Ultimately, investing in food security is also an anti­conflict remedy. But food security and social stability also depend on strengthening institutions and the policy environment for sustainable agriculture. Such an enabling environment will encourage responsible investment and business in rural areas, spur innovation, and drive increased productivity, job creation, and rural economic growth-all of which are key factors for achieving the 2030 Agenda.

With thanks to Bruce F. Murphy, Abdelhamid Abdouli, Nerina Muzurovic, Dina Saleh, Rami Salman, Mohamed Abdelgadir and Leon Williams.


1 Addis Ababa Action Agenda of the Third International Conference on Financing for Development Addis Ababa, Ethiopia, 13-16 July 2015  (New York. United Nations, 2015), p. 7. Available from

2   See findings from the IFAD-financed grant programme on building resilience to conflict in the Near East and North Africa: Clemens Breisinger and others, "Building resilience to conflict through food-security policies and programs: an overview", 2020 Conference Brief 3, 15-17 May, Addis Ababa, Ethiopia (Washington, D.C., International Food Policy Research Institute (IFPRI), 2014). Available from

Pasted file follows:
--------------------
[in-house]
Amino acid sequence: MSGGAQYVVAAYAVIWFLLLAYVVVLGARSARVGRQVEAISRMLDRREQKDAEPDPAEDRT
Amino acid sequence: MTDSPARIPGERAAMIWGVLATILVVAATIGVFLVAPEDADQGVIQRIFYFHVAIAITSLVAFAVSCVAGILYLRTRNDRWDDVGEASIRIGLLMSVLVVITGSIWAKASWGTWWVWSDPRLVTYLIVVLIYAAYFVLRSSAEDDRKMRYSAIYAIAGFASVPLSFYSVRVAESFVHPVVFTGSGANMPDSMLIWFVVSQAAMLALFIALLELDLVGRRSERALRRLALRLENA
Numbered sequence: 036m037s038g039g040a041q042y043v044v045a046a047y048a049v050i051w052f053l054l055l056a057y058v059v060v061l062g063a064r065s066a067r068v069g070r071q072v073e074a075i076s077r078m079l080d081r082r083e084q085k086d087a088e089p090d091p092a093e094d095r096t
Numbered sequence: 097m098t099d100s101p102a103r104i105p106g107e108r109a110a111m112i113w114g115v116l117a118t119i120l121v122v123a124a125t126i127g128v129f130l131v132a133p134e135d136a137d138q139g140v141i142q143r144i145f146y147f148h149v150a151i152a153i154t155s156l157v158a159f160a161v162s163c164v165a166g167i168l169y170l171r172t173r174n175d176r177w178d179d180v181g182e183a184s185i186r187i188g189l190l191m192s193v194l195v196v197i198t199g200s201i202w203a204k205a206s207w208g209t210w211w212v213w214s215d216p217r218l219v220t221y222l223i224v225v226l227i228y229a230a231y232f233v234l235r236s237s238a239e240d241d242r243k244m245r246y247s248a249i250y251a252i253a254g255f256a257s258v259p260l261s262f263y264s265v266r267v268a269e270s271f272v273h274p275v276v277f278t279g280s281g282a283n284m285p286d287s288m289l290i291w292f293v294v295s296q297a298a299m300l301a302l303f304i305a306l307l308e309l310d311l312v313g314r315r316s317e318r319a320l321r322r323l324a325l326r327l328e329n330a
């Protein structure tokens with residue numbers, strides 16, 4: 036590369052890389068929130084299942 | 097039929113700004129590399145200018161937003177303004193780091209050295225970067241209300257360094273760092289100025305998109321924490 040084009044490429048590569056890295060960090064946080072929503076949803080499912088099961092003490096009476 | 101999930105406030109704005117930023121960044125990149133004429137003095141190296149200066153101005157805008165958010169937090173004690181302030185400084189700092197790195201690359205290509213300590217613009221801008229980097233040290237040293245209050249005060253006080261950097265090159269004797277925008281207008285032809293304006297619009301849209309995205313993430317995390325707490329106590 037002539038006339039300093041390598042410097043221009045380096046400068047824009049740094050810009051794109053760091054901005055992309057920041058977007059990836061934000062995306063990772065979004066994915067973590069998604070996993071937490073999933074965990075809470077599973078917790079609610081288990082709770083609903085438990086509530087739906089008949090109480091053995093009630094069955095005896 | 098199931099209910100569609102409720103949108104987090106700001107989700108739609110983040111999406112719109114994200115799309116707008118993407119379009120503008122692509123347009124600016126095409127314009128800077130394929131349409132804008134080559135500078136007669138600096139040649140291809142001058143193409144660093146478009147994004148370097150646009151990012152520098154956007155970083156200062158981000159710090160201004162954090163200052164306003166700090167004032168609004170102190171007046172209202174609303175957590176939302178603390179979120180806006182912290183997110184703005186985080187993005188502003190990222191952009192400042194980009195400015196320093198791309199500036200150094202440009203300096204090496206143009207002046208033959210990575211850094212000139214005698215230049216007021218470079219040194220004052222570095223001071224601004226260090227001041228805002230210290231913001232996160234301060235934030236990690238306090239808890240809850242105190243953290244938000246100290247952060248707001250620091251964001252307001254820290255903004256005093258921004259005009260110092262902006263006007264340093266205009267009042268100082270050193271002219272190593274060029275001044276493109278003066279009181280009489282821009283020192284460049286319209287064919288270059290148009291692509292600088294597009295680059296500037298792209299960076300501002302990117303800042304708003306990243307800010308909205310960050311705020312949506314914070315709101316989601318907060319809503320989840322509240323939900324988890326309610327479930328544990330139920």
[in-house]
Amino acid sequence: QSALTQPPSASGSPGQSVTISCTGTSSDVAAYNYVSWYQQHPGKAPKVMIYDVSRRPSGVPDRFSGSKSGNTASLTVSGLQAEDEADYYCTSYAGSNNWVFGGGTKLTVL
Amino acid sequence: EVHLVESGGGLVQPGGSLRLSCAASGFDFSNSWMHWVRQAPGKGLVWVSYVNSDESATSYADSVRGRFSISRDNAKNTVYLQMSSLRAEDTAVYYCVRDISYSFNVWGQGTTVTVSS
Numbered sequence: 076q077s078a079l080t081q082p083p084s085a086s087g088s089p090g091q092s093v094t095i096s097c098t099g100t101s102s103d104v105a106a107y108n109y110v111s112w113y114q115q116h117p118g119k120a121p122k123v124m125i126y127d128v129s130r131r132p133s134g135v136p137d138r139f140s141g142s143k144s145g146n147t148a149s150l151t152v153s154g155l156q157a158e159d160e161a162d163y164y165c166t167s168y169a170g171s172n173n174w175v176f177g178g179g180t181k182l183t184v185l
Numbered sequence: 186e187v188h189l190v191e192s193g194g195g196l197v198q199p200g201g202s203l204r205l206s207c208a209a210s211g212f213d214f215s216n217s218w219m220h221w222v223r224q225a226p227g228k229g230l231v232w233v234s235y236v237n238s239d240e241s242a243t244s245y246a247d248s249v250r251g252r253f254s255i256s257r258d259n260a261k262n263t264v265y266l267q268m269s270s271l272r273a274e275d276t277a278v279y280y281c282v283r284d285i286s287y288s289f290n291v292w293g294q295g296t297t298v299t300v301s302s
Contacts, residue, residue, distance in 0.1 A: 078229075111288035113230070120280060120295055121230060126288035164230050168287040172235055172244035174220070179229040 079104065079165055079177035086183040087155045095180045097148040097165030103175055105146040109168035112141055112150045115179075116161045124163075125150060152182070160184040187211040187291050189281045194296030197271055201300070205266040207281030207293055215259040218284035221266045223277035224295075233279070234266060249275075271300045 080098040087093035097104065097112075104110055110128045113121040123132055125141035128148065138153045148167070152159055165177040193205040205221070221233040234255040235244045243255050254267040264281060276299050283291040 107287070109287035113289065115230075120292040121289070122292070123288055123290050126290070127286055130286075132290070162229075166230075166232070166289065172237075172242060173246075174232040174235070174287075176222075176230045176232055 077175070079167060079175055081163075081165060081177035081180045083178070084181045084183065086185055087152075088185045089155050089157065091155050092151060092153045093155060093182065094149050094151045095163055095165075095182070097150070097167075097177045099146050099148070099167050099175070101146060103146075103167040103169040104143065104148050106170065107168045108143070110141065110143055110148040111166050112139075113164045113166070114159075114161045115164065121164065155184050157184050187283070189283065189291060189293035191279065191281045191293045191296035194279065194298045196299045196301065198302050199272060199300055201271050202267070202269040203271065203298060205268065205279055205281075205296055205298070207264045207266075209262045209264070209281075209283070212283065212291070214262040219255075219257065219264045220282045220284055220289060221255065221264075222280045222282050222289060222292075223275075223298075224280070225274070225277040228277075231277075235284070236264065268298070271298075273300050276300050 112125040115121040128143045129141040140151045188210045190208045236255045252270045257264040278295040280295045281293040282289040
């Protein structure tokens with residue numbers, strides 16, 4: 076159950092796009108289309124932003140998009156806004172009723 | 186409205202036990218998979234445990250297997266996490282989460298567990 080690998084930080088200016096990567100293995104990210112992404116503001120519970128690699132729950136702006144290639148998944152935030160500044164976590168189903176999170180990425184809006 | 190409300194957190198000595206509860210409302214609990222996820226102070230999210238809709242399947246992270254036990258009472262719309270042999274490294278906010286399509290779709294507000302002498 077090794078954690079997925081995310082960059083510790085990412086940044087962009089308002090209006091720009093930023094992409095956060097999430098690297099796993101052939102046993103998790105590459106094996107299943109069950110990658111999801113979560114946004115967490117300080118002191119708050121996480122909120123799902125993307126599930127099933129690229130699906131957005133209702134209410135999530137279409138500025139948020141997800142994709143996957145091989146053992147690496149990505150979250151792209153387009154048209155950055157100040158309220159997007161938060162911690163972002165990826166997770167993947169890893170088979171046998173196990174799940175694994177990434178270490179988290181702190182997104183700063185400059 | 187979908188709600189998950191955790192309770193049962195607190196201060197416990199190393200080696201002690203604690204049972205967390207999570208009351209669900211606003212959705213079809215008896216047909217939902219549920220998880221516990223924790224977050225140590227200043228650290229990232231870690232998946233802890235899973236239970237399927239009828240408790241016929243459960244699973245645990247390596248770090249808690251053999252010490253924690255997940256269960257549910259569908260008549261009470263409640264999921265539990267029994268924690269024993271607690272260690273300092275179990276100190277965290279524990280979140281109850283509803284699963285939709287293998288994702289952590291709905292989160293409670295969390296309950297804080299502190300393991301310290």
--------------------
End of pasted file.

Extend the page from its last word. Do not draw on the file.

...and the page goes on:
3  Abdul-Karim Sadik, Mahmoud El-Solh and Najib Saab, eds., “Food security: challenges and prospects”, Arab Environment-7: Food Security, Annual Report of the Arab Forum for Environment and Development 2014 (Beirut, Lebanon, the Arab Forum for Environment and Development (AFED), 2014), p. 21. Available from

Sanduq (pl. sanadiq) Is a “savings box”. In the context of IFAD programmes in Syria, the term sanduq refers to an autonomous mlcrofinance institution that is owned and managed by its members—a novel concept in a centralized banking system.

5   Jean-François Maystadt, Margherita Calderone and Liangzhi You, “Local warming and violent conflict in North and South Sudan,” Journal of Economic Geography, (September 2014), p. 19.

6   World Bank, World Development Report 2008: Agriculture and Development (Washington, D.C., 2007). p. 6. Available from